Page:Buttered Side Down.djvu/151

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water at the scent of Cervelat wurst, and the fingers to tremble at the nearness of smoked liver.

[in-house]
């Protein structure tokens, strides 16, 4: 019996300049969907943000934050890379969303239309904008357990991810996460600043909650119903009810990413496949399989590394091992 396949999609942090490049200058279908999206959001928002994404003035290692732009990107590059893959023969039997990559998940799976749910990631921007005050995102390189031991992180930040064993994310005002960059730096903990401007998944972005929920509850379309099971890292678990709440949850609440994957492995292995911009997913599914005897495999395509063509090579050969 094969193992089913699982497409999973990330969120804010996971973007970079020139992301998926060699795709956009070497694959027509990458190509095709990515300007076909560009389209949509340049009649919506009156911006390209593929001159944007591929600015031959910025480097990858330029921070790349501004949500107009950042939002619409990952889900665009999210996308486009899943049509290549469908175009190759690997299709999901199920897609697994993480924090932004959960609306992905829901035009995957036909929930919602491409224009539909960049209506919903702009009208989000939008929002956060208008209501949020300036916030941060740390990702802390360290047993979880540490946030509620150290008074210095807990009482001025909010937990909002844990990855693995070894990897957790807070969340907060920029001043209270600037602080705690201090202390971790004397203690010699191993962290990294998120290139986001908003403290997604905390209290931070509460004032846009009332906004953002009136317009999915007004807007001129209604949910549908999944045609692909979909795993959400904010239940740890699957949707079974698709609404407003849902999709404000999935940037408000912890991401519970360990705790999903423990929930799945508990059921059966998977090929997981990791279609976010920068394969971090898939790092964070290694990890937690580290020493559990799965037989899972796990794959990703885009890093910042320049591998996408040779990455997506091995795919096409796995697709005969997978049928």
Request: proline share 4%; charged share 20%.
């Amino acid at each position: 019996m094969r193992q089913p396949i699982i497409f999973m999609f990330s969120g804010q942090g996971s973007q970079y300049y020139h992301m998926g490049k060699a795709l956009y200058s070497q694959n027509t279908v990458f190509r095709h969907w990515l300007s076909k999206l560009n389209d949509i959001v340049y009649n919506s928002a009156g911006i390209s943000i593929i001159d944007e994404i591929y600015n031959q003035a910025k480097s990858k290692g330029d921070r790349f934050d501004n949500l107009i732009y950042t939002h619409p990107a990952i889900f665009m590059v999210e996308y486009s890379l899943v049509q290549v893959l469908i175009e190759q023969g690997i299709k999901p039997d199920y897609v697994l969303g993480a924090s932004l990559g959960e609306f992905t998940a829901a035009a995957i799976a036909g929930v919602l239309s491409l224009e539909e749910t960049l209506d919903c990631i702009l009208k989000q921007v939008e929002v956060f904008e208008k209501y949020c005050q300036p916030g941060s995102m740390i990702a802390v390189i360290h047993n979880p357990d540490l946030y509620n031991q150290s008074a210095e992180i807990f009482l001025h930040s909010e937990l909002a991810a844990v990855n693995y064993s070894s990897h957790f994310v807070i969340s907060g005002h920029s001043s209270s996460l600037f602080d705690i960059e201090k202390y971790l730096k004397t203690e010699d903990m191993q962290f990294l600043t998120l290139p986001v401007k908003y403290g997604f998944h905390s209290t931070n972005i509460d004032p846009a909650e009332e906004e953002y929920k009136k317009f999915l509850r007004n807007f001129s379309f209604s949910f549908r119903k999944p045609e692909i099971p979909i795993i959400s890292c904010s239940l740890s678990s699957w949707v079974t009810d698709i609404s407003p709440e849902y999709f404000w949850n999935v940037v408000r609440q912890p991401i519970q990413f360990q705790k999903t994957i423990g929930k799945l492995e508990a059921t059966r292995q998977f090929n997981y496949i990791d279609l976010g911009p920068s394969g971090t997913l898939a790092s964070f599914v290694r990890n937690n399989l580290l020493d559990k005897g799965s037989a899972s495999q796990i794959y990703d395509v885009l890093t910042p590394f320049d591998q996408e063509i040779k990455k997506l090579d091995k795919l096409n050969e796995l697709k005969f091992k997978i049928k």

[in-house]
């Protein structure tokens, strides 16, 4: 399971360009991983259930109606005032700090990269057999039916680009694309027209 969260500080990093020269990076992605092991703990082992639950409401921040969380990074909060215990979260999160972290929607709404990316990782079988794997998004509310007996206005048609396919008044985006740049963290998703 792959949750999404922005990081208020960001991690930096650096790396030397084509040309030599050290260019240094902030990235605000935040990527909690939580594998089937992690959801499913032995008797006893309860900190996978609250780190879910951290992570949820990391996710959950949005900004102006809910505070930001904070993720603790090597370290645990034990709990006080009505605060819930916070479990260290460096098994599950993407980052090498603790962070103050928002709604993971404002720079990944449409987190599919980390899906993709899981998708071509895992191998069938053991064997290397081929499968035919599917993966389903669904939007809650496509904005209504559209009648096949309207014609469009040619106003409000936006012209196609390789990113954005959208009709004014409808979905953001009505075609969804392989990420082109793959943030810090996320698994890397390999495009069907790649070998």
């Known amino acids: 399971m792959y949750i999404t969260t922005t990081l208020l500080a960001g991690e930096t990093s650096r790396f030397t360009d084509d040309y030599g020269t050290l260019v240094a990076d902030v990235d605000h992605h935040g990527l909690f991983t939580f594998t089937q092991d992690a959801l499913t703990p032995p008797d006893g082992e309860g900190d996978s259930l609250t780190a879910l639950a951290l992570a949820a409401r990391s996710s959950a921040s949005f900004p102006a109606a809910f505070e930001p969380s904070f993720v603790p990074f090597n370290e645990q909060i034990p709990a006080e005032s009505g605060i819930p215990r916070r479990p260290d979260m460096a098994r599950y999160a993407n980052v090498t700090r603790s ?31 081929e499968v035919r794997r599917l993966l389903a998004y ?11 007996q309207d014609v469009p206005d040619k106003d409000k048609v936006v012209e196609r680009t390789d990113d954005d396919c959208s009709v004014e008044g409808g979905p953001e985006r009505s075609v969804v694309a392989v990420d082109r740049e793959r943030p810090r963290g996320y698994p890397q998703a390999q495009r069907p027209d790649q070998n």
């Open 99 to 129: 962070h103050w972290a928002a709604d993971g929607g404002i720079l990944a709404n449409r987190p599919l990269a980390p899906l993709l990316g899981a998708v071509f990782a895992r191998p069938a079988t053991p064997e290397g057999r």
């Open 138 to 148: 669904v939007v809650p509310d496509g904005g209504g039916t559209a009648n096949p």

Jennie stumbled on, through the smells and the sights. That nibble of cheese had been like a drop of human blood to a man-eating tiger. It made her bold, cunning, even while it maddened. She stopped at this counter and demanded a slice of summer sausage. It was paper-thin, but delicious beyond belief. At the next counter there was corned beef, streaked fat and lean. Jennie longed to bury her teeth in the succulent meat and get one great, soul-satisfying mouthful. She had to be content with her judicious nibbling. To pass the golden-brown, breaded pig's feet was torture. To look at the codfish balls was agony. And so Jennie went on, sampling, tasting, the scraps of food acting only as an aggravation. Up one aisle, and down the next she went. And then, just around the corner, she brought up before the grocery department's pride and boast, the Scotch bakery. It is the store's star vaudeville feature. All day long the gaping crowd stands before it, watching David the Scone Man, as with sleeves rolled high above his big arms, he kneads, and slaps,